A new mutation in the Covid-19 virus has been uncovered, prompting fears of a faster spread in London and the south east of England.
While experts have said it’s too early to tell what the potential impacts of this new strain will be, there are some things we do know.
This is not likely to become ‘Covid-20’ and Health Secretary Matt Hancock has stressed there is no evidence to suggest the new strain is more likely to cause serious disease.
Crucially, it’s also highly unlikely the mutation would fail to respond to a Covid-19 vaccine.
‘There are many variants. It just happens that this one has quite a few more mutations than some of the other variants, so that’s the reason why we’ve taken it particularly seriously,’ explained Professor Chris Whitty, England’s Chief Medical Officer.
‘But there’s nothing to suggest that the symptoms are different, that the testing is different, or that the clinical outcome is different for this variant.’
Is this something unusual?
There have been many mutations in the virus since it emerged in 2019.
This is to be expected – SARS-CoV-2 is an RNA virus and these viruses mutate and change.
Is this something to be worried about?
Not enough is yet known about the new strain, but it is premature to make any claims about the potential impacts of virus mutation.
But if the virus spreads faster it will be harder to control.
However, there have already been various strains of Covid-19 with no real consequence.
It could potentially be serious, but not enough is known, and the surveillance and research will continue.
Is it the first novel strain detected in the UK?
A number of variants have been detected using sequencing studies in the UK.
A specific variant (the D614G variant) has previously been detected in western Europe and North America which is believed to spread more easily but not cause greater illness.
But it is thought this is the first strain that will be investigated in such detail by Public Health England.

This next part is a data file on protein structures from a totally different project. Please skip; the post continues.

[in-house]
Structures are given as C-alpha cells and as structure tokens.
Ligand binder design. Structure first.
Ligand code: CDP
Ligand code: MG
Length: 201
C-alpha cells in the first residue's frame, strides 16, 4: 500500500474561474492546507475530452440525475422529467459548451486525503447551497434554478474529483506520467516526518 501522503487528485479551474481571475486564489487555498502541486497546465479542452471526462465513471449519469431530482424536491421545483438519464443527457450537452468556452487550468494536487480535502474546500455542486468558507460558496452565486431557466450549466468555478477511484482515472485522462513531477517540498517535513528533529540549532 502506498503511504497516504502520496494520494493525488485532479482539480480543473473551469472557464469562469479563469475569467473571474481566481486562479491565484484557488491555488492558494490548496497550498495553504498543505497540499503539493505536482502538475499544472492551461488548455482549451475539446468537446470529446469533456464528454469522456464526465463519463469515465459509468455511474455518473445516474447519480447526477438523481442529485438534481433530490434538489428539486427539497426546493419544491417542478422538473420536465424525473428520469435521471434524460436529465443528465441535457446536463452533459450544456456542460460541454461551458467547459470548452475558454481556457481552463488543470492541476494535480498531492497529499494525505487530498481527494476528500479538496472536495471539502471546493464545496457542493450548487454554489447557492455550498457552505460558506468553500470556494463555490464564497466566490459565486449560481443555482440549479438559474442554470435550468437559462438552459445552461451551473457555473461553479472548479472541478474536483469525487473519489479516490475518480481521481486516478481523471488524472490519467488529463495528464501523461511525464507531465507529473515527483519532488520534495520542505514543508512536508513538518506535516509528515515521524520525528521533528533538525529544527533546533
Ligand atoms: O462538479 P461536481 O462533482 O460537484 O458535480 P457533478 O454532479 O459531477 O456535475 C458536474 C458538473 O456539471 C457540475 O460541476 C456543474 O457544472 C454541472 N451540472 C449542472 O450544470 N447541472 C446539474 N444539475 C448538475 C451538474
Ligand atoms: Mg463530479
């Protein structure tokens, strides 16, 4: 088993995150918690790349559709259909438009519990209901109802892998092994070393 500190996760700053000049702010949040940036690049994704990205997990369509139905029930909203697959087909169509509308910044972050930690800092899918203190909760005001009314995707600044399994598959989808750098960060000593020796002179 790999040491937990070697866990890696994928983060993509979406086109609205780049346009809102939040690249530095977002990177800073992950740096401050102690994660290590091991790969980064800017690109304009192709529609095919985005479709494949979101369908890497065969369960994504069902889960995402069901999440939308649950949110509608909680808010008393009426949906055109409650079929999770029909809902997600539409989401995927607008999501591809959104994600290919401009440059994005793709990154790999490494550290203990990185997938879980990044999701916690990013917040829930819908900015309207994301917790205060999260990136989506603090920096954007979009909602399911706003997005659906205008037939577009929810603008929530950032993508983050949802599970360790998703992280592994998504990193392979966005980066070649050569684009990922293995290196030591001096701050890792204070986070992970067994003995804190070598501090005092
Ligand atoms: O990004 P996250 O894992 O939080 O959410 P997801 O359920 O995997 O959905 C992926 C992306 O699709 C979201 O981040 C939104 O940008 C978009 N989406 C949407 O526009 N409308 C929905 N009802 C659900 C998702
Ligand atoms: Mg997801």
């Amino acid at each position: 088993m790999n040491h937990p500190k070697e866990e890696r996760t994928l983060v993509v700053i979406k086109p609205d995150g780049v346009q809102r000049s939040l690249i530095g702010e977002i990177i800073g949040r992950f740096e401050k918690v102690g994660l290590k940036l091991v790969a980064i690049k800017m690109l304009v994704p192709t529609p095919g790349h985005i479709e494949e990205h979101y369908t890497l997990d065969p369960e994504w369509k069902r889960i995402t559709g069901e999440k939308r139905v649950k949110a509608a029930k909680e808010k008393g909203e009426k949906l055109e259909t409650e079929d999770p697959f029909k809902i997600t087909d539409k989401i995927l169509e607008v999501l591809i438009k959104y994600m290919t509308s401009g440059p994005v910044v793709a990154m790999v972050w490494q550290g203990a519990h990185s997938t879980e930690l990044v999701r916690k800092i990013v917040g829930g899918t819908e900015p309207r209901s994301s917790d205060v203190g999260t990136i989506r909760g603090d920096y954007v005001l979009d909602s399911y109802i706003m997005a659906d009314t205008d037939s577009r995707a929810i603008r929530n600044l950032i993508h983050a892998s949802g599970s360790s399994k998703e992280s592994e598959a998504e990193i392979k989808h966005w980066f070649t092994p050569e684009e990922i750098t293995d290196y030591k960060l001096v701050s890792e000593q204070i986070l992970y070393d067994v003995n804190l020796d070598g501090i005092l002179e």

Are new variants always a bad thing?
Not necessarily. They could even be less virulent.
However, if they spread more easily but cause the same disease severity, more people will end up becoming ill in a shorter period of time.
Should we expect the virus to become more harmful?
Not really. Only changes that make viruses better for transmission are likely to be stable and result in new circulating strains.
The pressure on the virus to evolve is increased by the fact that so many millions of people have now been infected.
Most of the mutations will not be significant or give cause for concern, but some may give the virus an evolutionary advantage which may lead to higher transmission or mean it is more harmful.
Will vaccines still work?
Mr Hancock said the latest clinical advice is that it is highly unlikely that this mutation would fail to respond to a vaccine.
The vaccine produces antibodies against many regions in the spike protein, and it is unlikely a single change would make the vaccine less effective.
However, this could happen over time as more mutations occur, as is the case every year with flu.
So what are the scientists doing now?
Scientists will be growing the new strain in the lab to see how it responds.
This includes looking at whether it produces the same antibody response, how it reacts to the vaccine, and modelling the new strain.
It could take up to two weeks for this thorough process to be complete.
If it’s not that big a deal, why do we care?
While other variants have been identified in the past, it appears this particular strain is spreading quite fast, meaning it could be more transmissible, and therefore warrants further investigation.
What examples are there of other virus strains?
The Danish government culled millions of mink after it emerged that hundreds of Covid-19 cases in the country were associated with SARS-CoV-2 variants associated with farmed minks – including 12 cases with a unique variant, reported on November 5.
In October a study suggested that a coronavirus variant that originated in Spanish farm workers spread rapidly throughout Europe and accounted for most UK cases.
The variant, called 20A.EU1, is known to have spread from farm workers to local populations in Spain in June and July, with people then returning from holiday in Spain most likely playing a key role in spreading the strain across Europe.
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